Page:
Water conservation: Project to enhance agriculture productivity in Potohar region

ABAD official says farmers will be encouraged to grow high-yield crops.


Muzaffar Mukhtar June 30, 2014

RAWALPINDI:


The Punjab government has earmarked Rs243 million for rainwater conservation in the Potohar region. The project would enhance agricultural productivity by improving the capacity of existing water resources and exploring new ones.


An Agency for Barani Areas Development (Abad) official told The Express Tribune that the project aimed at improving water availability for farmers in four districts of the Potohar region — Rawalpindi, Chakwal, Jhelum and Attock.

He said the government was also working on a plan to encourage farmers to grow high-value crops for increased yields and profits.



The official said that the Punjab government’s planning and development department has allocated Rs243 million for the project in the current budget and set a two-year completion deadline.

“Initially, 200 existing mini dams and reservoirs would be selected for harvesting rainwater after analysing their capacity,” he said.

“After the survey, a comprehensive plan would be formulated to enhance the capacity of the existing water sources,” he said, adding that the government would encourage farmers to grow orchards on three acres and vegetables on two acres near the dam areas.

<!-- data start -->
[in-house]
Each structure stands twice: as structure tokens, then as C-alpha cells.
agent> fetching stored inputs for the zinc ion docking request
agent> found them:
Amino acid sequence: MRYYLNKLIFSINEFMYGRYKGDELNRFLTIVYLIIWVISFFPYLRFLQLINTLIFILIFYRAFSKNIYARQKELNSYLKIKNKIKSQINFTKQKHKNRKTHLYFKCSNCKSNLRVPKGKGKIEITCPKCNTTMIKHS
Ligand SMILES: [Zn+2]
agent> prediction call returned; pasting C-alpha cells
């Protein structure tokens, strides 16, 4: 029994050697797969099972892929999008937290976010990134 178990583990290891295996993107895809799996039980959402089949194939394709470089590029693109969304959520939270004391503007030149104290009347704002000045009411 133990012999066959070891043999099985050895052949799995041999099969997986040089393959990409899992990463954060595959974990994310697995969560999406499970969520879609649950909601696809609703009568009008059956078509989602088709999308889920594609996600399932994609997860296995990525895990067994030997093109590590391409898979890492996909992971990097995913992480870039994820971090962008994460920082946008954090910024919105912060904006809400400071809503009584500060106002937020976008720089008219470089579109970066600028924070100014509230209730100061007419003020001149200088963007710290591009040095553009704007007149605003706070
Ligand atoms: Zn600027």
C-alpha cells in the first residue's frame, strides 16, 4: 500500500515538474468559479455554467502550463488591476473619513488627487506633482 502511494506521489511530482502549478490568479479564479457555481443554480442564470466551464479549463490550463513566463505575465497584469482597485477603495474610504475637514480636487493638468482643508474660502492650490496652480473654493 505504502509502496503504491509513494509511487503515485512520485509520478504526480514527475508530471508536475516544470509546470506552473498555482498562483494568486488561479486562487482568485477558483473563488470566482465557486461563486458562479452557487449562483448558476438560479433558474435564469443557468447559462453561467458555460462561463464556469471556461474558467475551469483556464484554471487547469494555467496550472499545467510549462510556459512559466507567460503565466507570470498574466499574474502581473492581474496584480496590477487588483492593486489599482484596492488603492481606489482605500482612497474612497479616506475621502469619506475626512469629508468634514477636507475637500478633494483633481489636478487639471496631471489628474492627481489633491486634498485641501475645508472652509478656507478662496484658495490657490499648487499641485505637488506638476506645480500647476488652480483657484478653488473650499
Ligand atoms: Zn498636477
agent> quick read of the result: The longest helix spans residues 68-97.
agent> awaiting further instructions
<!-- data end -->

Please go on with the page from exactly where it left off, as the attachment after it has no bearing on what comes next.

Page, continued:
The official said that the farmers will also be provided with technical assistance and a 50 per cent agriculture subsidy.

Focus will be paid on three major areas — command area, catchment area and using high-efficiency irrigation techniques, he said.

“On catchment areas, 10 per cent of land will be specified for forests and 60 per cent for soil conservation techniques,” said the official, adding that the government also plans to install solar-powered water pumps to address the energy crisis.



“We are working on integrated development plans (IDPs) by resorting to high-efficiency irrigation techniques such as drip and sprinkler irrigation to overcome water scarcity in arid areas.” He said farmers in arid areas pay less attention to these techniques due to lack of finance and proper training, both of which the government will provide.

The official also said the project will be linked to the “Punjab Irrigated Agricultural Productivity Improvement (PIPPIP) farm management project”. Abad Director-Geneneral Tariq Javed Malik told The Express Tribune that they have completed work on 20 IDPs with the help of experts. He said that the experts have visited different sites to assess suitability for orchard or vegetable cultivation.

He said farmers have shown interest in the water conservation project and they have already received 200 applications.

Published in The Express Tribune, June 30th, 2014.

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